Revision Street: Debbie Hillman (III)

August 17, 2010

In her mid-fifties, Debbie Hillman decided to begin working exclusively on changing Illinois’ food production system, from Evanston.

 
(Photo by photoentropy via Flickr)

 

I came to these issues personally when I was in college, 30, 40— a long time ago. . . . That was the middle of the hippie movement and civil rights. A lot of back to the land movement people were definitely talking organic at that point, and after I finished college and I started traveling in India and I started seeing the connection between health and food. In India, homeopathy is very popular and it’s presented as one of a range of medical options for health. That got me understanding that there’s more than one model.

It’s not that I am totally invested in homeopathy, I’m not. What I’m really looking for, and I think a lot of people are coming to this, is taste. It’s the food that really tastes like you’re eating something. I think things that taste really good are probably the things that are most nutritious for us. The things that have the minerals and the whatever. They’re not just empty calories, or something that satisfies our chewing and probably nothing else…

I had an interesting experience a couple weeks ago. I had meetings all morning. I was really hungry—that kind of satisfying hunger, you know? It’s like, I’m just an animal, I need to eat. So I went to one of my favorite restaurants and I ordered—I love breakfast foods, I always have and I still do—so I ordered an omelet and it comes with the potatoes, and the toast, and a side of salsa, and it had a side of ketchup because I asked for French fries instead of home fries this time. That was my originality for the day. So here, all this different food, and the thing that tasted the best to me was that little container of ketchup. It was saturated with flavor. And the others things, like OK, the eggs tasted like eggs, and the avocado, avocado. Nothing tasted bad, but that ketchup was like—I could have eaten a bowl of it.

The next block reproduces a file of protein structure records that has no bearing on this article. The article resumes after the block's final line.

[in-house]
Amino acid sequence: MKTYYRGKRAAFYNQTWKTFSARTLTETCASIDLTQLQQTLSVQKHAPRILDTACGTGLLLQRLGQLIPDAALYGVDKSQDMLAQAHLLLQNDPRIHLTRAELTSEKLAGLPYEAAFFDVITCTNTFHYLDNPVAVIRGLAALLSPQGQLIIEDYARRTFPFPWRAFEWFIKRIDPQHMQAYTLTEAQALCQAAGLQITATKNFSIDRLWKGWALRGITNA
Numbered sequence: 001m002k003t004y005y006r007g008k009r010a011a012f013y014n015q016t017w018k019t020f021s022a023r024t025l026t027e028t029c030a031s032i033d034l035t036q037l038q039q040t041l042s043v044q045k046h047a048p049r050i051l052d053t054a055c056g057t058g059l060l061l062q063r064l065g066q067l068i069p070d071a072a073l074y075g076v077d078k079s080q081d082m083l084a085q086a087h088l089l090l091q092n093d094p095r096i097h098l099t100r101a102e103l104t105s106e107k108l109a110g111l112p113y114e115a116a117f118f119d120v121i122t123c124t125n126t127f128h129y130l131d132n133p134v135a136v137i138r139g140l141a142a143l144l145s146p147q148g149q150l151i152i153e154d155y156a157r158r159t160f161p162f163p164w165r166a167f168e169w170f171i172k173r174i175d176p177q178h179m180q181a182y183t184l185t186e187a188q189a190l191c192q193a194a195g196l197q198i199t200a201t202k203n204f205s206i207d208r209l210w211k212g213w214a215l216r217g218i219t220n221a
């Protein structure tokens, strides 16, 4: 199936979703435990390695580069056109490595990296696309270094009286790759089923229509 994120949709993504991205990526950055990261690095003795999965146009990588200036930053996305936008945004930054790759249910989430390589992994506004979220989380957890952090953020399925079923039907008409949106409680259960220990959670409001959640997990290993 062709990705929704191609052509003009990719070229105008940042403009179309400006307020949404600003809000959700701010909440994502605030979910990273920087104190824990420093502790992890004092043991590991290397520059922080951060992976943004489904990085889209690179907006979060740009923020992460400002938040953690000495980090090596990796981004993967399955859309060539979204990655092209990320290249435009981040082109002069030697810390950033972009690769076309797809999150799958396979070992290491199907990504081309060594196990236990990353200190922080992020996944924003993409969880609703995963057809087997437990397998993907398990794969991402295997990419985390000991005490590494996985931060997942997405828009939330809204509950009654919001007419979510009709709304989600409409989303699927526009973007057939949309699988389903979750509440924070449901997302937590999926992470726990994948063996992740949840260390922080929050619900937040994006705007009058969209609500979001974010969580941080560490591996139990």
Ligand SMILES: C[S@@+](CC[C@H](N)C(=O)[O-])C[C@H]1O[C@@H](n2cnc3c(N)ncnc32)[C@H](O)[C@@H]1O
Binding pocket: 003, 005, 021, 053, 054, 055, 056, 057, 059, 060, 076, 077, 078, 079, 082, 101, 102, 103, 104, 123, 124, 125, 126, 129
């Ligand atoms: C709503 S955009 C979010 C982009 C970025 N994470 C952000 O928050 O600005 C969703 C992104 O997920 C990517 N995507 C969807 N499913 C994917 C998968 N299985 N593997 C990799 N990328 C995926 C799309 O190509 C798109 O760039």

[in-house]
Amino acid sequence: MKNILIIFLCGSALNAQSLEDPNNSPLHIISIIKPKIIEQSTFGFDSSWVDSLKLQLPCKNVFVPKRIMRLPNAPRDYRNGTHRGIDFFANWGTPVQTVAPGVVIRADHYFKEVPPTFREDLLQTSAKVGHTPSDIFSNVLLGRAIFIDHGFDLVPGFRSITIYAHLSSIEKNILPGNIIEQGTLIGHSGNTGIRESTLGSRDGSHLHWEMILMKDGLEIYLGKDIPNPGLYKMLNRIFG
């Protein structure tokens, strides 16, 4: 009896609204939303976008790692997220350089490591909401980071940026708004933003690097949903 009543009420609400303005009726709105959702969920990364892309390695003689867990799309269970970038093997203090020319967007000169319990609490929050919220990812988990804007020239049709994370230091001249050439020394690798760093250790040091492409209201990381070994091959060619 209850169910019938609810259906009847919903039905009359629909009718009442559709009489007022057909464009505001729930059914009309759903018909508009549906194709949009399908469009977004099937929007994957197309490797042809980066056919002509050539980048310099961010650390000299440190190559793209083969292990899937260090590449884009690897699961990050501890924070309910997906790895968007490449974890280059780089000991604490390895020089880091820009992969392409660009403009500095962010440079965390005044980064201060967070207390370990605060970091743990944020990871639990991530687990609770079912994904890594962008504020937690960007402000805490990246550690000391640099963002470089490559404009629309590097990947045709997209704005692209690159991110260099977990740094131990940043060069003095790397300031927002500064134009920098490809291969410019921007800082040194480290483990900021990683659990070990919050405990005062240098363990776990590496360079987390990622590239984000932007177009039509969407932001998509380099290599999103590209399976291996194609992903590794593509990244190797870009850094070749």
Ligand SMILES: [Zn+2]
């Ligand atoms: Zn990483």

A condiment like ketchup is distilled down. It takes out a lot of the water so you’re really capturing the essence of flavor, which is pretty funny in terms of what Reagan said 30 years ago about ketchup being a vegetable. To me that says, I’m looking for flavor and I’m not getting it. I was kind of a vegetarian for probably 10, 15 years—not a hundred percent strictly, but I really bought into it. Then as soon as I went through menopause, and I’ve read this from other women, too, I started craving meat sometimes. I especially do like eggs, I really like eggs. So there’s no way I’m going to prescribe a diet for anybody else.

 

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